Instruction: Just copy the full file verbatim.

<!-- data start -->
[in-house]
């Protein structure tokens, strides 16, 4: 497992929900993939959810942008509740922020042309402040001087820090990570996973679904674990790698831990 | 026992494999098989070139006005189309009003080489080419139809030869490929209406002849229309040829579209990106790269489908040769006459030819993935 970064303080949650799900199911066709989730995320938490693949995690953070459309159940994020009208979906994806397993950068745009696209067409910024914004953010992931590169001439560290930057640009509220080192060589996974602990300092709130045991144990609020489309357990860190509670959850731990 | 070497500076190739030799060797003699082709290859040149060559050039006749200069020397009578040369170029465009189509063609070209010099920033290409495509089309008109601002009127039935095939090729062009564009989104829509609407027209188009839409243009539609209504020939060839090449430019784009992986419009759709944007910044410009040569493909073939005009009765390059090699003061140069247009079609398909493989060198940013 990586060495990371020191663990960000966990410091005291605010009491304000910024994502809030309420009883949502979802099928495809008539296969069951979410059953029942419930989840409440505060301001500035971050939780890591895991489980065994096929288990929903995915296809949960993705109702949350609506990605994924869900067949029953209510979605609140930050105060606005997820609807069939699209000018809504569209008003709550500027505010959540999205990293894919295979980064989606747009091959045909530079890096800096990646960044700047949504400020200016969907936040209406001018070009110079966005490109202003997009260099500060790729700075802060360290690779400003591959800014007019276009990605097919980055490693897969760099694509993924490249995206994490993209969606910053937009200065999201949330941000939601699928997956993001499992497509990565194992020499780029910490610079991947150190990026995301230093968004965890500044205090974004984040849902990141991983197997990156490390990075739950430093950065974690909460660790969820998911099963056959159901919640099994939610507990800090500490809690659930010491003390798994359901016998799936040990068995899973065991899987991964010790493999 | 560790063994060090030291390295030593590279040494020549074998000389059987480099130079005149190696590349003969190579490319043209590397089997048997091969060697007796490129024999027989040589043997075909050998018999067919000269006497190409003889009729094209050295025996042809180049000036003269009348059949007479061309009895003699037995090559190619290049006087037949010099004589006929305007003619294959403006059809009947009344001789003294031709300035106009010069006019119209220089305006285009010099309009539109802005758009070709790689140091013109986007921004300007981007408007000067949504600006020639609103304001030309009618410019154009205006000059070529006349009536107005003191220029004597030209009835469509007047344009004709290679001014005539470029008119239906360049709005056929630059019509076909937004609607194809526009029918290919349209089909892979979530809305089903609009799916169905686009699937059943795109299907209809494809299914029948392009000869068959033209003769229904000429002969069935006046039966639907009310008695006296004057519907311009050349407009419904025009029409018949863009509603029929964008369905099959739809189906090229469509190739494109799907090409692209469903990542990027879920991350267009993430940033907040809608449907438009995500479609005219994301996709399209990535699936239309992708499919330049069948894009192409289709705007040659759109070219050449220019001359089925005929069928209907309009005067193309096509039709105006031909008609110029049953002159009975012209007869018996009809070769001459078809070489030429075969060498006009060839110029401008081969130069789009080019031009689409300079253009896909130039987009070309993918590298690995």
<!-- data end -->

[in-house]
């Protein structure tokens, strides 16, 4: 497992929900993939959810942008509740922020042309402040001087820090990570996973679904674990790698831990 | 026992494999098989070139006005189309009003080489080419139809030869490929209406002849229309040829579209990106790269489908040769006459030819993935 970064303080949650799900199911066709989730995320938490693949995690953070459309159940994020009208979906994806397993950068745009696209067409910024914004953010992931590169001439560290930057640009509220080192060589996974602990300092709130045991144990609020489309357990860190509670959850731990 | 070497500076190739030799060797003699082709290859040149060559050039006749200069020397009578040369170029465009189509063609070209010099920033290409495509089309008109601002009127039935095939090729062009564009989104829509609407027209188009839409243009539609209504020939060839090449430019784009992986419009759709944007910044410009040569493909073939005009009765390059090699003061140069247009079609398909493989060198940013 990586060495990371020191663990960000966990410091005291605010009491304000910024994502809030309420009883949502979802099928495809008539296969069951979410059953029942419930989840409440505060301001500035971050939780890591895991489980065994096929288990929903995915296809949960993705109702949350609506990605994924869900067949029953209510979605609140930050105060606005997820609807069939699209000018809504569209008003709550500027505010959540999205990293894919295979980064989606747009091959045909530079890096800096990646960044700047949504400020200016969907936040209406001018070009110079966005490109202003997009260099500060790729700075802060360290690779400003591959800014007019276009990605097919980055490693897969760099694509993924490249995206994490993209969606910053937009200065999201949330941000939601699928997956993001499992497509990565194992020499780029910490610079991947150190990026995301230093968004965890500044205090974004984040849902990141991983197997990156490390990075739950430093950065974690909460660790969820998911099963056959159901919640099994939610507990800090500490809690659930010491003390798994359901016998799936040990068995899973065991899987991964010790493999 | 560790063994060090030291390295030593590279040494020549074998000389059987480099130079005149190696590349003969190579490319043209590397089997048997091969060697007796490129024999027989040589043997075909050998018999067919000269006497190409003889009729094209050295025996042809180049000036003269009348059949007479061309009895003699037995090559190619290049006087037949010099004589006929305007003619294959403006059809009947009344001789003294031709300035106009010069006019119209220089305006285009010099309009539109802005758009070709790689140091013109986007921004300007981007408007000067949504600006020639609103304001030309009618410019154009205006000059070529006349009536107005003191220029004597030209009835469509007047344009004709290679001014005539470029008119239906360049709005056929630059019509076909937004609607194809526009029918290919349209089909892979979530809305089903609009799916169905686009699937059943795109299907209809494809299914029948392009000869068959033209003769229904000429002969069935006046039966639907009310008695006296004057519907311009050349407009419904025009029409018949863009509603029929964008369905099959739809189906090229469509190739494109799907090409692209469903990542990027879920991350267009993430940033907040809608449907438009995500479609005219994301996709399209990535699936239309992708499919330049069948894009192409289709705007040659759109070219050449220019001359089925005929069928209907309009005067193309096509039709105006031909008609110029049953002159009975012209007869018996009809070769001459078809070489030429075969060498006009060839110029401008081969130069789009080019031009689409300079253009896909130039987009070309993918590298690995």